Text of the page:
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Brain death has been shown to affect hormone regulation, hemodynamic stability and inflammatory reactivity. In transplant models, kidneys, livers and lungs retrieved from brain-dead (BD) rats do suffer from increased primary non-function and deteriorated graft survival. However, the mechanism(s) by which brain death leads to these processes have remained unclear, yet. To further unravel these mechanisms we performed DNA microarray studies with RNA isolated from kidneys from BD rats. Kidneys from sham operated animals were used as controls. Oligonucleotide arrays were manufactured using the Sigma/Genosys Rat Oligonucleotide Library harbouring 4854 unique, gene-specific rat sequences. In kidneys from normotensive donors 63 genes were identified that were either up (55) or down (8) regulated. By using PubMed searches and GeneOntology, genes were assigned to different functional clusters: Metabolism and Transport (including water channel Aqp-2), Inflammation and Coagulation (containing the largest number (16) of up regulated genes), Growth/Regeneration and Fibrosis (including genes as KIM-1 involved in tubular regeneration) and Defense and Repair (with the cytoprotective genes HO-1, Hsp70 and MnSOD2). Also genes encoding transcription factors and proteins involved in signal transduction (such as Pik3r1) were identified. In addition, Pathway AssistTM software was used for further interpretation of our microarray data in the context of pathways, gene regulatory networks and protein interactions. These type of analyses will allow us to create a better understanding of the brain-death-related biochemical pathways which are either induced or repressed. Ultimately, these approaches will help us to design specific interventions in the brain dead donor to better maintain or even repair organ viability and protect against ischemia/reperfusion injury. © 2006 by Nova Science Publishers, Inc. All rights reserved.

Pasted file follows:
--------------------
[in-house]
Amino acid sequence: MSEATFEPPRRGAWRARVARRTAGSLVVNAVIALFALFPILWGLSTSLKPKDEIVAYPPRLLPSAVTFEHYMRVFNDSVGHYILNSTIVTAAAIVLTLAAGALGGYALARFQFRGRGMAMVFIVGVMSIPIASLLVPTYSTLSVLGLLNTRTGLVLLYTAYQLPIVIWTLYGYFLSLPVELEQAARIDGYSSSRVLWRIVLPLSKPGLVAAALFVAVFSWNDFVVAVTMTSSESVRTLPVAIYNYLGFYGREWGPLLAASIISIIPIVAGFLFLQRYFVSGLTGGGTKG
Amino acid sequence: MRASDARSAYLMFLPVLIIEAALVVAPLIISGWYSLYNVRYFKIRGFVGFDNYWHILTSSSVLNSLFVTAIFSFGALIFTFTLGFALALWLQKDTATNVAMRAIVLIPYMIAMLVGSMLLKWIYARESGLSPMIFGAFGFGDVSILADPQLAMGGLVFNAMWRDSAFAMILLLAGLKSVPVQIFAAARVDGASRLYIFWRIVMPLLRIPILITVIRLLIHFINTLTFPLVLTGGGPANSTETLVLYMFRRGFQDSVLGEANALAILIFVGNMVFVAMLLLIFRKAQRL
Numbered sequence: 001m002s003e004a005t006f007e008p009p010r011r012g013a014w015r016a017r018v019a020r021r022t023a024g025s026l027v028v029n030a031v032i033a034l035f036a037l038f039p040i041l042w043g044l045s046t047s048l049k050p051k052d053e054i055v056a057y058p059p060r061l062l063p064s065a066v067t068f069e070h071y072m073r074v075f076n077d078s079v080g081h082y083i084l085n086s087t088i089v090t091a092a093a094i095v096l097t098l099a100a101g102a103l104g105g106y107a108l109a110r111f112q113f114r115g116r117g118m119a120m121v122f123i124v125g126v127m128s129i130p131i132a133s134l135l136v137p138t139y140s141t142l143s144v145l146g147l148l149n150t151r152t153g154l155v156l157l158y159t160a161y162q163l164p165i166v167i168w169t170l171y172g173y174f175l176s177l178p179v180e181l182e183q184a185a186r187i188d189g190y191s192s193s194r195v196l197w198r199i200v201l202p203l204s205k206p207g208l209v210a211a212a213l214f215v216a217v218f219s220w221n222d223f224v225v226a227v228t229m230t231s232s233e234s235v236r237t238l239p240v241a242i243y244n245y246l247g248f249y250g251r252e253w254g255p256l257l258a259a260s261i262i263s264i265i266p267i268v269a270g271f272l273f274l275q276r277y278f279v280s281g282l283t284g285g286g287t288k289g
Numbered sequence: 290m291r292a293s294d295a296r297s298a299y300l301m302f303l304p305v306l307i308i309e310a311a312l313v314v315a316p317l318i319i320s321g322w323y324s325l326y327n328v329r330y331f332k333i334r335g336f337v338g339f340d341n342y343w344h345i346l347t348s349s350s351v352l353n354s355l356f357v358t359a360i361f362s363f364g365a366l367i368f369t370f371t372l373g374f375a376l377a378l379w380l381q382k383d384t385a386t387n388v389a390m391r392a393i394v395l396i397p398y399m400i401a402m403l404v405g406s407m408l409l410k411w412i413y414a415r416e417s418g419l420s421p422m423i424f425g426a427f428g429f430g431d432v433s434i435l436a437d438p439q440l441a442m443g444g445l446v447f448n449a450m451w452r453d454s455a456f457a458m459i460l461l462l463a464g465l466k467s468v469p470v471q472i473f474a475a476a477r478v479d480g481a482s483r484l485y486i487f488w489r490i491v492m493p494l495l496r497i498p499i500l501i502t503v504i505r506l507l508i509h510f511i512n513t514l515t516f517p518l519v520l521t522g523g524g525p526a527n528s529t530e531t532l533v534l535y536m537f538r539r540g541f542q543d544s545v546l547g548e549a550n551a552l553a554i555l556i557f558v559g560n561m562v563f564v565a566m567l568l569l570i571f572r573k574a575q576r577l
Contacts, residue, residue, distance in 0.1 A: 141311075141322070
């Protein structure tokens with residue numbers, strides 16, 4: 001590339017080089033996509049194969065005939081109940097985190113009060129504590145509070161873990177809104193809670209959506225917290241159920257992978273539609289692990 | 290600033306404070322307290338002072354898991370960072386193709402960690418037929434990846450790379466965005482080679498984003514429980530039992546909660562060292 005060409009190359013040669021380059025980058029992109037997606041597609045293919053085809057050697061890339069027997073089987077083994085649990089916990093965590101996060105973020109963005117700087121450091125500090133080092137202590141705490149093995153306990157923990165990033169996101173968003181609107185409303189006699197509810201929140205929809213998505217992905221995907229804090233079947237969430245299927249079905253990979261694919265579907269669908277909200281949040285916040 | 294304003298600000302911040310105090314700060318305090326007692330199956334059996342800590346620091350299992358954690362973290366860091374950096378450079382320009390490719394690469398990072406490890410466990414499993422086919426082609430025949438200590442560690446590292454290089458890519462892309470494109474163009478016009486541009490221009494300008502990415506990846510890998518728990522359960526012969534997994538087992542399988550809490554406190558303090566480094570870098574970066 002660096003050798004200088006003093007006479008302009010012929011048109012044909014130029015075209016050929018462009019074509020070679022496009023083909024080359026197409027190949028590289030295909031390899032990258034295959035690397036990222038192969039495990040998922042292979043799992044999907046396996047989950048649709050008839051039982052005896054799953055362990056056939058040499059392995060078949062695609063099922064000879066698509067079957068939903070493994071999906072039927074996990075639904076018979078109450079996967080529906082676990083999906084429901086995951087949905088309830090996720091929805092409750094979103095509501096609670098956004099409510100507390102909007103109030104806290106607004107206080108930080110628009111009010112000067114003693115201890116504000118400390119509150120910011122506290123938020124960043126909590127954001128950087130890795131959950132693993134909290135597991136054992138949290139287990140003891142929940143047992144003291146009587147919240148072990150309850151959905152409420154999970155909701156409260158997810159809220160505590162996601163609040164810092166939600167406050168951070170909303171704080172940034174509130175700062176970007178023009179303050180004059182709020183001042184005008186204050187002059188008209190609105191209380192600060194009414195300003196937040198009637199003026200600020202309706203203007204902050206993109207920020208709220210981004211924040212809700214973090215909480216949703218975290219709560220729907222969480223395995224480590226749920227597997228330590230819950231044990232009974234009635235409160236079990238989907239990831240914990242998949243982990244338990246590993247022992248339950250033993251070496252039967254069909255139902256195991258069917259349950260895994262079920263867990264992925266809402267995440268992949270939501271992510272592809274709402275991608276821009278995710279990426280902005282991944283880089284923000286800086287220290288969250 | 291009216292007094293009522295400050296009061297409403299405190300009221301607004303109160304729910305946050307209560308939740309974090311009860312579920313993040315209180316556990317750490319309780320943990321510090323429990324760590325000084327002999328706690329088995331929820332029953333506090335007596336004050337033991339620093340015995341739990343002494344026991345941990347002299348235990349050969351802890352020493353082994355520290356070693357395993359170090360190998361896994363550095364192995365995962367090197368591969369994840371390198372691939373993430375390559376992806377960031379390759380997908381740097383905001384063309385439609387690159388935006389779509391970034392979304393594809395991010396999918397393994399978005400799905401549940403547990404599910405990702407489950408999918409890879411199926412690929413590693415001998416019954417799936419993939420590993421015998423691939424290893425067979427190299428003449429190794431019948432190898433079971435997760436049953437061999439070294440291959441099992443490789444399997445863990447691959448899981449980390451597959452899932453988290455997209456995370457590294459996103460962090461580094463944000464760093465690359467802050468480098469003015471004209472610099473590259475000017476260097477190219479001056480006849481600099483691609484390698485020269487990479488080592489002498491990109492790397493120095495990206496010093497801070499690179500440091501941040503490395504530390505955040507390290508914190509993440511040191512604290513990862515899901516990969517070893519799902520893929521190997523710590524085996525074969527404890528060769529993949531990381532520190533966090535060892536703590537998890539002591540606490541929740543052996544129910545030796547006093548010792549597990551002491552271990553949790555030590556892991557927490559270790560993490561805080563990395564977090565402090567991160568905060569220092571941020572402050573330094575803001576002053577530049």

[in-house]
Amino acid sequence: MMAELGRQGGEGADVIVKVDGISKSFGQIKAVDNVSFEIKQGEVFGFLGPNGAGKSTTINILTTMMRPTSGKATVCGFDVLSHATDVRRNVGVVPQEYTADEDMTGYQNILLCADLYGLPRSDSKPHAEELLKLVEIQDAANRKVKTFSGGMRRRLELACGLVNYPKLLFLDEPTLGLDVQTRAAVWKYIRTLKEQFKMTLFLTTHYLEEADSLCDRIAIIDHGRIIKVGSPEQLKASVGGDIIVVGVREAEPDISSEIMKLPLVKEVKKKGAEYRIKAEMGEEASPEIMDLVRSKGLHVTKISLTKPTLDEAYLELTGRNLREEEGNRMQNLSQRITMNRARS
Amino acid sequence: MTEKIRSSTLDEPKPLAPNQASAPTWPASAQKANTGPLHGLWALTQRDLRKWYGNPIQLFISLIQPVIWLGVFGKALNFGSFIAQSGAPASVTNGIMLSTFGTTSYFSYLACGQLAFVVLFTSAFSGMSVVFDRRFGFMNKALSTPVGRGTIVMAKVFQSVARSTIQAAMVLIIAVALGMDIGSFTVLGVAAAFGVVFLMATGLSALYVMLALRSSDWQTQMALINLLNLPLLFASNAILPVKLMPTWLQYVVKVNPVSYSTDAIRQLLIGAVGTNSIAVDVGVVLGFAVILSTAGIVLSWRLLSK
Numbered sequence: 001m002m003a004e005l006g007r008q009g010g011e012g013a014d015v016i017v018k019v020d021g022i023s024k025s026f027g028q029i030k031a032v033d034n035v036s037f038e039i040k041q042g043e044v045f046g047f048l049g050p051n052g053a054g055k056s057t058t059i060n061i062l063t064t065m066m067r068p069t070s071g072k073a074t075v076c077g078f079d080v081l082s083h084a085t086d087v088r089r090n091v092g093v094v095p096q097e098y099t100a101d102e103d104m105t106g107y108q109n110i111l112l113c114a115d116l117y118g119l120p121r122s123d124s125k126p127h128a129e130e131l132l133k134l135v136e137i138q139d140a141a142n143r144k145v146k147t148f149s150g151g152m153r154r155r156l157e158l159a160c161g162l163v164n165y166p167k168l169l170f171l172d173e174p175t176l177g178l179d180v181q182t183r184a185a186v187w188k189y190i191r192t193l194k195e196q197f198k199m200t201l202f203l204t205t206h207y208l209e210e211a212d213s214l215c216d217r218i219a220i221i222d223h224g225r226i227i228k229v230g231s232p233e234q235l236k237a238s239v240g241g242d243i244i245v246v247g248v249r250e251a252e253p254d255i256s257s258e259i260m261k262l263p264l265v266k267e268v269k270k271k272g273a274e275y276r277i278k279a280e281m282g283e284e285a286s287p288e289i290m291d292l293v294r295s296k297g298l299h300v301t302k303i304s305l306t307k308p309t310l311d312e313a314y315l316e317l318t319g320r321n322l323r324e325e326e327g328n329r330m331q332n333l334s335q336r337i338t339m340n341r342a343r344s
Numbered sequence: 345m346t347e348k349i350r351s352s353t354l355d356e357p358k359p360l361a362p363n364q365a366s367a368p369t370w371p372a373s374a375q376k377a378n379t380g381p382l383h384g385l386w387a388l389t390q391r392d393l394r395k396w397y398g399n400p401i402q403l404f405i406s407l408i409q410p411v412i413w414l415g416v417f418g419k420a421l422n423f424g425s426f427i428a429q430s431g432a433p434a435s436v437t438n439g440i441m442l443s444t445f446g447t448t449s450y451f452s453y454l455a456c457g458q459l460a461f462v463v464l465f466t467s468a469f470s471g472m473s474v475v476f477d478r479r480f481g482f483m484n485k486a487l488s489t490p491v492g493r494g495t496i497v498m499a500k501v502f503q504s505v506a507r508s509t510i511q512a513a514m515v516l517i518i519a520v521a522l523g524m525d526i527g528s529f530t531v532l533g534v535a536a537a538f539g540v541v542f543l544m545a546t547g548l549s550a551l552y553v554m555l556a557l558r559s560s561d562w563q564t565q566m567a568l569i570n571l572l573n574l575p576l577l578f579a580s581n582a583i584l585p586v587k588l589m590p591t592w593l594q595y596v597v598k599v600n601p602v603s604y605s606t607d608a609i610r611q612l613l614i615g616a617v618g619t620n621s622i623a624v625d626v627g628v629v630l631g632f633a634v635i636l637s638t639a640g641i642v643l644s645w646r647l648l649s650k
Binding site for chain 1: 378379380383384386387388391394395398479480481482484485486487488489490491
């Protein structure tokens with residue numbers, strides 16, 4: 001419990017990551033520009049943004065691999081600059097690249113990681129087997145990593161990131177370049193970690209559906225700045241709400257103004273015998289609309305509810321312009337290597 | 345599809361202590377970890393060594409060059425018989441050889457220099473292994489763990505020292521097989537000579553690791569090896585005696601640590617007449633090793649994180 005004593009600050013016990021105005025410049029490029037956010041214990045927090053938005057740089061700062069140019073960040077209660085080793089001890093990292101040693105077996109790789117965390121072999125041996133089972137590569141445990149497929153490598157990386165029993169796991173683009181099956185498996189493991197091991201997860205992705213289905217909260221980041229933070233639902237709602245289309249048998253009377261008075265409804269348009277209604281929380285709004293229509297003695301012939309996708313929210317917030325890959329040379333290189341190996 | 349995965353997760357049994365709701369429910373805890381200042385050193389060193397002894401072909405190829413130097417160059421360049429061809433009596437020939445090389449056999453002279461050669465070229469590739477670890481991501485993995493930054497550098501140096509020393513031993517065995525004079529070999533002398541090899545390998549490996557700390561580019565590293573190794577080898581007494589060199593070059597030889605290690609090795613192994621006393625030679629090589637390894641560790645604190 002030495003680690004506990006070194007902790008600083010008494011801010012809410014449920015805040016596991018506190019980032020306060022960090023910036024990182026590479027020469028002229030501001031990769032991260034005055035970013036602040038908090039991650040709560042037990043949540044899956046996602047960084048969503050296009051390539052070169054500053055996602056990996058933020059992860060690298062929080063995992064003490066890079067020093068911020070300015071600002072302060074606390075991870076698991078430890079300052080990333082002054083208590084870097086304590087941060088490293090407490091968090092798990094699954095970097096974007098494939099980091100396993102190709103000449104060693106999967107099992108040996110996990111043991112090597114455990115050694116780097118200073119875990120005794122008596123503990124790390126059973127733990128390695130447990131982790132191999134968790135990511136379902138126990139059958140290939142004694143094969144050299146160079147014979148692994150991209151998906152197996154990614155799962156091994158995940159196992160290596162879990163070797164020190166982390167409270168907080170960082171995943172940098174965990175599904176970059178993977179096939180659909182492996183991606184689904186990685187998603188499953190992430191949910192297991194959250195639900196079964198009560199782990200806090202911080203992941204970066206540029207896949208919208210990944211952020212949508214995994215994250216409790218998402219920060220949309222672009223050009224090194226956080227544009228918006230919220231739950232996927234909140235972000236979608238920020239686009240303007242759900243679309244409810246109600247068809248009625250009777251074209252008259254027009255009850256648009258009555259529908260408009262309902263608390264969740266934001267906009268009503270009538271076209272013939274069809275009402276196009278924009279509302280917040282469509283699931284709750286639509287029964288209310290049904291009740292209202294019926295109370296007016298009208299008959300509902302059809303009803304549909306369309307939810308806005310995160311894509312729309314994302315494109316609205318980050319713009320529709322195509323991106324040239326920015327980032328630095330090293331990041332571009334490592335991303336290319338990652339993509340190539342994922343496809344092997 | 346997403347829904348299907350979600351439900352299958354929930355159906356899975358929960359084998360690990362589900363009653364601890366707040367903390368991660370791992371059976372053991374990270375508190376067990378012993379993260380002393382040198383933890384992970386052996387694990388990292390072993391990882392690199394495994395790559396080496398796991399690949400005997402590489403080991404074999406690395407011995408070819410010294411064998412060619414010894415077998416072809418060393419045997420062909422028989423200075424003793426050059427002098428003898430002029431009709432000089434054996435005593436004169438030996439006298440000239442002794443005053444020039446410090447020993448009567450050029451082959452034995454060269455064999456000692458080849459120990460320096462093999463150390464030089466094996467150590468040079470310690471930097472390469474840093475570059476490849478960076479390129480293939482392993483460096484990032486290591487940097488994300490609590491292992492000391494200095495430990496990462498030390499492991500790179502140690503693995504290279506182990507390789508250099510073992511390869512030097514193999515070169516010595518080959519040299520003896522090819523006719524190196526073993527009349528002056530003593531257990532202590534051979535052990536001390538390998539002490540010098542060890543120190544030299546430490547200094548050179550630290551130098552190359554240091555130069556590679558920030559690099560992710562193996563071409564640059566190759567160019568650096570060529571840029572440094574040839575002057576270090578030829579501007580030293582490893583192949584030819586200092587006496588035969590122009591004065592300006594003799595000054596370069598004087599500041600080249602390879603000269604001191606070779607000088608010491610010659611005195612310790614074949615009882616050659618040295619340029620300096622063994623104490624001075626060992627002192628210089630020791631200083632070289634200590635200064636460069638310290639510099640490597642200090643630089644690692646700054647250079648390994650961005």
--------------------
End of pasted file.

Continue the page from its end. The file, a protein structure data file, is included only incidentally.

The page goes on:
Book title

Progress in Kidney Transplantation Research

Publication Date



89 - 104